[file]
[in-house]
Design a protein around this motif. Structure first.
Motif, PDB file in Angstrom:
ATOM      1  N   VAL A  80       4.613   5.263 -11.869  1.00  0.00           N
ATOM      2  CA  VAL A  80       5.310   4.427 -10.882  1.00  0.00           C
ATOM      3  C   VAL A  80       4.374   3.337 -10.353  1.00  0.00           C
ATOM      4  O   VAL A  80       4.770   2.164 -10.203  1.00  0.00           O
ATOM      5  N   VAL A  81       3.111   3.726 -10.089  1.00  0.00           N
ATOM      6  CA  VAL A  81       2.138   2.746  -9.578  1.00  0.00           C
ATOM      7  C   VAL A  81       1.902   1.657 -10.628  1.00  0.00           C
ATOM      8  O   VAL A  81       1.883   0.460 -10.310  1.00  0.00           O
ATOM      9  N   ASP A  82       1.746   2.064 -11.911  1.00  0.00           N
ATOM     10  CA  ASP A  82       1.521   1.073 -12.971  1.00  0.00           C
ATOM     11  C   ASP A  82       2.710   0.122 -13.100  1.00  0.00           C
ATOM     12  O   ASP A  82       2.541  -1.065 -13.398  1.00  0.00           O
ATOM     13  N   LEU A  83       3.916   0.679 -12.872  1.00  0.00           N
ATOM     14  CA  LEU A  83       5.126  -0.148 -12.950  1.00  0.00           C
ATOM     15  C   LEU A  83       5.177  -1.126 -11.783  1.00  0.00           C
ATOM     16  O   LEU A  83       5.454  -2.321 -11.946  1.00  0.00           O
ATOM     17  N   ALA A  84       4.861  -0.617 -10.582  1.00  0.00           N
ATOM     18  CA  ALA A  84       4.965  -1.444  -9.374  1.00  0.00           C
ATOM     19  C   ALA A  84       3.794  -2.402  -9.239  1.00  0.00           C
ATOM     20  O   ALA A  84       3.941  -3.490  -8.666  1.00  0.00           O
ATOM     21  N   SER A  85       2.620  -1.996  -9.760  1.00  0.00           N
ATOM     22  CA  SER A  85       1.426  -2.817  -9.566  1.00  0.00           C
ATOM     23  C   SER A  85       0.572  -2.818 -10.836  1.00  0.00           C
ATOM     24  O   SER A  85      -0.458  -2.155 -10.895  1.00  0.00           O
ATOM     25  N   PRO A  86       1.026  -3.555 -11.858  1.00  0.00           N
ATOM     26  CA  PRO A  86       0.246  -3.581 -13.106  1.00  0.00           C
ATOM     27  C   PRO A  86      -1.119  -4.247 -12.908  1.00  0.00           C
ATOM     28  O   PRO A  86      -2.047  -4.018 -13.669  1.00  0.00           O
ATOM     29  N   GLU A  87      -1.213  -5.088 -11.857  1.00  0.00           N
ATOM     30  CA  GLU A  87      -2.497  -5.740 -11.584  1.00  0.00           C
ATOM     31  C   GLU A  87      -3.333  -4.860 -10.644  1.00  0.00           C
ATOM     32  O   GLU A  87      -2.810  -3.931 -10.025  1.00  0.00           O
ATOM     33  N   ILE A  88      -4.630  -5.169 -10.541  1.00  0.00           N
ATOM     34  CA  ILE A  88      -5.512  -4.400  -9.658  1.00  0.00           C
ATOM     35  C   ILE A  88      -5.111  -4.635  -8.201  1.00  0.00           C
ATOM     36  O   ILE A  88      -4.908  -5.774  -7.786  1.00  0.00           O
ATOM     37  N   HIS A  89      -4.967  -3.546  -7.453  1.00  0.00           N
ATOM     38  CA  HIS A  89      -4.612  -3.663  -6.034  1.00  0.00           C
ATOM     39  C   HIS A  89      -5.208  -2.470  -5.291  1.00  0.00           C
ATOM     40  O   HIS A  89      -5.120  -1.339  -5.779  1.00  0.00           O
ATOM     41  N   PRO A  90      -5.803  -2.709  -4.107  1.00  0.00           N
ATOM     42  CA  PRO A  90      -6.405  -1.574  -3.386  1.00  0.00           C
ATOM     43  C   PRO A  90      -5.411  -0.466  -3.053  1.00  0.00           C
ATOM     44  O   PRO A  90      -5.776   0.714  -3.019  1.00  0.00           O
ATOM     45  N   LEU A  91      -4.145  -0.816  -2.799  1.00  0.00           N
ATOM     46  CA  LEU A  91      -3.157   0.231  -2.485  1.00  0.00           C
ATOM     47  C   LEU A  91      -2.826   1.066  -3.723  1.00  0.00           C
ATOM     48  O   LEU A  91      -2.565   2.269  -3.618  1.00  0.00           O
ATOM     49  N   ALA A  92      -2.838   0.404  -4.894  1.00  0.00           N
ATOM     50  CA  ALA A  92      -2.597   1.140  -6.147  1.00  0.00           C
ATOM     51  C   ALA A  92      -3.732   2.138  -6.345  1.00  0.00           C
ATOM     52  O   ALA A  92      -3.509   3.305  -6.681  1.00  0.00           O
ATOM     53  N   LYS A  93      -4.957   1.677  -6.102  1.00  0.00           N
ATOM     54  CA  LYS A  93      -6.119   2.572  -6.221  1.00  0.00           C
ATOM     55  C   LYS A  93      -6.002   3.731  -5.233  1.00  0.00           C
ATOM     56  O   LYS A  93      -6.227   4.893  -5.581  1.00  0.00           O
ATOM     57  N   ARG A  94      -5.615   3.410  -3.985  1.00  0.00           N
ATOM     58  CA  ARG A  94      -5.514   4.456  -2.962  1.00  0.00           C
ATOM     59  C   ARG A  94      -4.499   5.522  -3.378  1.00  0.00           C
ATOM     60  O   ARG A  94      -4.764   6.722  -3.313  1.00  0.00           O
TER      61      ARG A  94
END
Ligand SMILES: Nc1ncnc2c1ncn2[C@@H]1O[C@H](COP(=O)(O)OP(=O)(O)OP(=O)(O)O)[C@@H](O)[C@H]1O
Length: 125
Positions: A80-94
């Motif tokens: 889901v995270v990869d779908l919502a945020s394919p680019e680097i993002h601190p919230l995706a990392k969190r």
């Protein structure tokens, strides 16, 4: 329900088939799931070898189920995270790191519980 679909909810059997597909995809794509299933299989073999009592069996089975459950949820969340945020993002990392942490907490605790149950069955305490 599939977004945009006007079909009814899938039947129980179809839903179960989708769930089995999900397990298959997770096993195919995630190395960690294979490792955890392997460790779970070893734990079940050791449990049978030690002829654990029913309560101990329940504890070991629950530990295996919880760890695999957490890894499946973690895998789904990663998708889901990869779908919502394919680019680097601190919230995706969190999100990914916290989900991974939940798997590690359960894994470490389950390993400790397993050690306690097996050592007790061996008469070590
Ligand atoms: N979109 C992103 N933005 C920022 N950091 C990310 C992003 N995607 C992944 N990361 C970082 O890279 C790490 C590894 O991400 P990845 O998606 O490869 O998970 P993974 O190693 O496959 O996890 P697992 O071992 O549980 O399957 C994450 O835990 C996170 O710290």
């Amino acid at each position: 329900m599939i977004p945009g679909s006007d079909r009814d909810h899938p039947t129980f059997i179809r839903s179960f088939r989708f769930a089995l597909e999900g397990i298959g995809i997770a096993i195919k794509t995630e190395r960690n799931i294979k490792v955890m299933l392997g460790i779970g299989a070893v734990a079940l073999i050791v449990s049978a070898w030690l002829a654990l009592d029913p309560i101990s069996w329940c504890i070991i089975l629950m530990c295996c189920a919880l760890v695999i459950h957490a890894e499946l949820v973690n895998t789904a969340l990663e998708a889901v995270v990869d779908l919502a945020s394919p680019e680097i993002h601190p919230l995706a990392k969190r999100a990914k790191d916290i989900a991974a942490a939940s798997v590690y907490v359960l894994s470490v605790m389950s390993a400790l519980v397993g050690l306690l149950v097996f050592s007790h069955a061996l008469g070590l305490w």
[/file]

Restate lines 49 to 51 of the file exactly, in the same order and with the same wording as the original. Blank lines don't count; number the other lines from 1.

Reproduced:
ATOM     46  CA  LEU A  91      -3.157   0.231  -2.485  1.00  0.00           C
ATOM     47  C   LEU A  91      -2.826   1.066  -3.723  1.00  0.00           C
ATOM     48  O   LEU A  91      -2.565   2.269  -3.618  1.00  0.00           O